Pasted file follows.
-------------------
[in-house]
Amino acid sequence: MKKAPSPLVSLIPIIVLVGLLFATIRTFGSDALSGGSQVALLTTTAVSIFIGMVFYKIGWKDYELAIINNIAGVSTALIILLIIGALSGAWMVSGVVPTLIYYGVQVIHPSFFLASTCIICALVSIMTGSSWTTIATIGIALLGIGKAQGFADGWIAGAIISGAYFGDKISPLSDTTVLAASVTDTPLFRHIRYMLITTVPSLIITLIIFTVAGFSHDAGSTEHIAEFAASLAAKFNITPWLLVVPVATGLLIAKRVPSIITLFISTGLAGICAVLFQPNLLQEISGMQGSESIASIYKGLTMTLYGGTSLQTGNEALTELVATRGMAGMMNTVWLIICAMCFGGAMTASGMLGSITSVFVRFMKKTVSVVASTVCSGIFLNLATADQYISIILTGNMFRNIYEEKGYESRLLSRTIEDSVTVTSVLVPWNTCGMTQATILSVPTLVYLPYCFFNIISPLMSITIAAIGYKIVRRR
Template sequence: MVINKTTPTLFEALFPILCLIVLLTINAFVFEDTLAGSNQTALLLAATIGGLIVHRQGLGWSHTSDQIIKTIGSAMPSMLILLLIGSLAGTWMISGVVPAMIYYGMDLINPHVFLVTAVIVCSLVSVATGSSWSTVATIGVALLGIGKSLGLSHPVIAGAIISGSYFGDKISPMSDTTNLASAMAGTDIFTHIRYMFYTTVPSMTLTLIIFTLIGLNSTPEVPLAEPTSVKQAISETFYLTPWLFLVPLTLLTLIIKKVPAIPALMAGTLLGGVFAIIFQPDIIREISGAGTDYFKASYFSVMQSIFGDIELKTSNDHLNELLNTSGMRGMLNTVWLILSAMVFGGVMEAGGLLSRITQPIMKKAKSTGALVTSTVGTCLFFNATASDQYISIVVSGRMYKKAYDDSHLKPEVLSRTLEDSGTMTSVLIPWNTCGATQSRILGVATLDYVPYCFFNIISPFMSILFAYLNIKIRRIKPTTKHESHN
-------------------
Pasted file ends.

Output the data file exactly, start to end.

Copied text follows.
[in-house]
Amino acid sequence: MKKAPSPLVSLIPIIVLVGLLFATIRTFGSDALSGGSQVALLTTTAVSIFIGMVFYKIGWKDYELAIINNIAGVSTALIILLIIGALSGAWMVSGVVPTLIYYGVQVIHPSFFLASTCIICALVSIMTGSSWTTIATIGIALLGIGKAQGFADGWIAGAIISGAYFGDKISPLSDTTVLAASVTDTPLFRHIRYMLITTVPSLIITLIIFTVAGFSHDAGSTEHIAEFAASLAAKFNITPWLLVVPVATGLLIAKRVPSIITLFISTGLAGICAVLFQPNLLQEISGMQGSESIASIYKGLTMTLYGGTSLQTGNEALTELVATRGMAGMMNTVWLIICAMCFGGAMTASGMLGSITSVFVRFMKKTVSVVASTVCSGIFLNLATADQYISIILTGNMFRNIYEEKGYESRLLSRTIEDSVTVTSVLVPWNTCGMTQATILSVPTLVYLPYCFFNIISPLMSITIAAIGYKIVRRR
Template sequence: MVINKTTPTLFEALFPILCLIVLLTINAFVFEDTLAGSNQTALLLAATIGGLIVHRQGLGWSHTSDQIIKTIGSAMPSMLILLLIGSLAGTWMISGVVPAMIYYGMDLINPHVFLVTAVIVCSLVSVATGSSWSTVATIGVALLGIGKSLGLSHPVIAGAIISGSYFGDKISPMSDTTNLASAMAGTDIFTHIRYMFYTTVPSMTLTLIIFTLIGLNSTPEVPLAEPTSVKQAISETFYLTPWLFLVPLTLLTLIIKKVPAIPALMAGTLLGGVFAIIFQPDIIREISGAGTDYFKASYFSVMQSIFGDIELKTSNDHLNELLNTSGMRGMLNTVWLILSAMVFGGVMEAGGLLSRITQPIMKKAKSTGALVTSTVGTCLFFNATASDQYISIVVSGRMYKKAYDDSHLKPEVLSRTLEDSGTMTSVLIPWNTCGATQSRILGVATLDYVPYCFFNIISPFMSILFAYLNIKIRRIKPTTKHESHN